PR Shops Fuel the Flame In Olympic Host-City Bids

If you can’t beat ’em, hire ’em. Paris lost its bid to host the 2008 Summer Olympic Games to Beijing, a victory engineered in part by Beijing’s PR firm, Weber Shandwick. So Paris, without an Olympics since 1924, last week hired the Interpublic Group agency to help the City of Lights compete for the right to host the 2012 games.

PR is key for candidate cities since International Olympic Committee members are forbidden to make visits to those cities.

“Basically, you have to convince someone who’s not coming to the city, that the city is worth coming to,” said Katie Paine, CEO of PR consultancy KDPaine & Partners in Durham, N.H. “Public relations … is critical to winning a bid.”

And “[Weber Shandwick] has been on the winning side many times,” said Jerome Lenfant, media relations director at Paris 2012, the organization behind the Paris bid, which tapped the shop after a review that included six other undisclosed shops.

In addition to Beijing, New York-based Weber Shandwick turned in winning efforts for the Sydney 2000 Summer Games and the Turin 2006 Winter Olympics.

Paris is battling New York, London, Madrid, Rio de Janeiro, Moscow, Istanbul, Havana and Leipzig, all applicant cities until May 18, 2004, when the executive board of the IOC chooses the short list. Paris, London and New York are all considered top contenders and likely to make the cut.

Since candidates are not allowed to begin promoting internationally until Nov. 15, 2004, not all of the bidding cities have their PR strategies in place yet. London 2012, for instance, has not hired a PR firm, according to an organization representative, though sources say WPP’s Hill & Knowlton is a likely candidate. M&C Saatchi is London 2012’s ad agency.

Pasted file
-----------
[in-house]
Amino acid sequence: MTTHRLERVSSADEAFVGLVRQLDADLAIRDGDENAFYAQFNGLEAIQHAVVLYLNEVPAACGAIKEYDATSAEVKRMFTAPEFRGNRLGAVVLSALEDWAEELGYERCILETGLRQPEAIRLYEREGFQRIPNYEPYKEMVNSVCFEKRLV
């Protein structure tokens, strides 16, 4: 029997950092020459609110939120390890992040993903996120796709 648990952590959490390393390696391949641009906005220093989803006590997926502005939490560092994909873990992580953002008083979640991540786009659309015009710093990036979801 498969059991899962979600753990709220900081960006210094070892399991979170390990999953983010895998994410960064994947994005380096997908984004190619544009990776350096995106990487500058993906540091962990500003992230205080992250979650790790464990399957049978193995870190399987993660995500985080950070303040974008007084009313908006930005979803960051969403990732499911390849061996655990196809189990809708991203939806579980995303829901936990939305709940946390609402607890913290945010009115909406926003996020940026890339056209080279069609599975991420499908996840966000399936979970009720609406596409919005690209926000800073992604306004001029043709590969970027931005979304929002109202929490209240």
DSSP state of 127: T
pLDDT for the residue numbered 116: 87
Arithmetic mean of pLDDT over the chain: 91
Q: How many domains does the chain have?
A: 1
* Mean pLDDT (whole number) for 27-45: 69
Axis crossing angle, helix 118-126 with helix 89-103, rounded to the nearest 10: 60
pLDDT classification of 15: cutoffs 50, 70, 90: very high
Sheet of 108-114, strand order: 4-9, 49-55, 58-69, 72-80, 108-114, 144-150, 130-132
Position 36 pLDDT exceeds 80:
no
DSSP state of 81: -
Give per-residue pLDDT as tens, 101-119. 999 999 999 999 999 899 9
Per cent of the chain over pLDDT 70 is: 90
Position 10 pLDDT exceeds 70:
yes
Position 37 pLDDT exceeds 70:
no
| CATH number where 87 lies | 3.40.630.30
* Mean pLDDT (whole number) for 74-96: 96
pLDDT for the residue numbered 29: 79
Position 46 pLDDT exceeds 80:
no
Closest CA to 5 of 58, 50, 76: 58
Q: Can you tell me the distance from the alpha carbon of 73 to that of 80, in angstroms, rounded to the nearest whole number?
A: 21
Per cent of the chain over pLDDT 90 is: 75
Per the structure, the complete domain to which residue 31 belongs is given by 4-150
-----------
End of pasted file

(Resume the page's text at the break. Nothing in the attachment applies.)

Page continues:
Last year, NYC2012, the group behind New York’s bid, formed a 14-person creative council consisting of ad executives. NYC2012 is currently “exploring options for international [PR] outreach,” said Amy Stanton, director of marketing and communications. Stanton noted there is no timeline for making a decision.

Leipzig 2012 is working with Munich-based Heye Communication. A company rep said that, until Nov. 15, the organization will “concentrate on PR and advertising in Germany.”

As for the Gallic bid, Weber Shandwick’s Paris office will work with Paris 2012’s ad agency Publicis. In November, the global campaign will focus on reaching the broader Olympic family, including sportswriters, the general media and the various National Olympic Committees, said Jack Leslie, chairman of Weber Shandwick.

“It’s important for any bidding city to have a national communication and mobilization strategy, but at the end of the day, the stakes that matter are across the borders,” said Lenfant. “The IOC is an international body. We have to convince its members that Paris 2012 is determined to win and put up great games. So it is essential to reach the international media, create buzz and not sit in an ivory tower [thinking] ‘We deserve the games.’ ”

Although agencies take on Olympic-bid assignments for greatly reduced fees, the prestige gained from being associated with a winning bid is worth the effort. “Do you make a lot of money? No,” said consultant Paine. “There’s a lot of travel costs and staff time. [But a win] enhances your clout.”

The IOC will select the 2012 host city on July 6, 2005.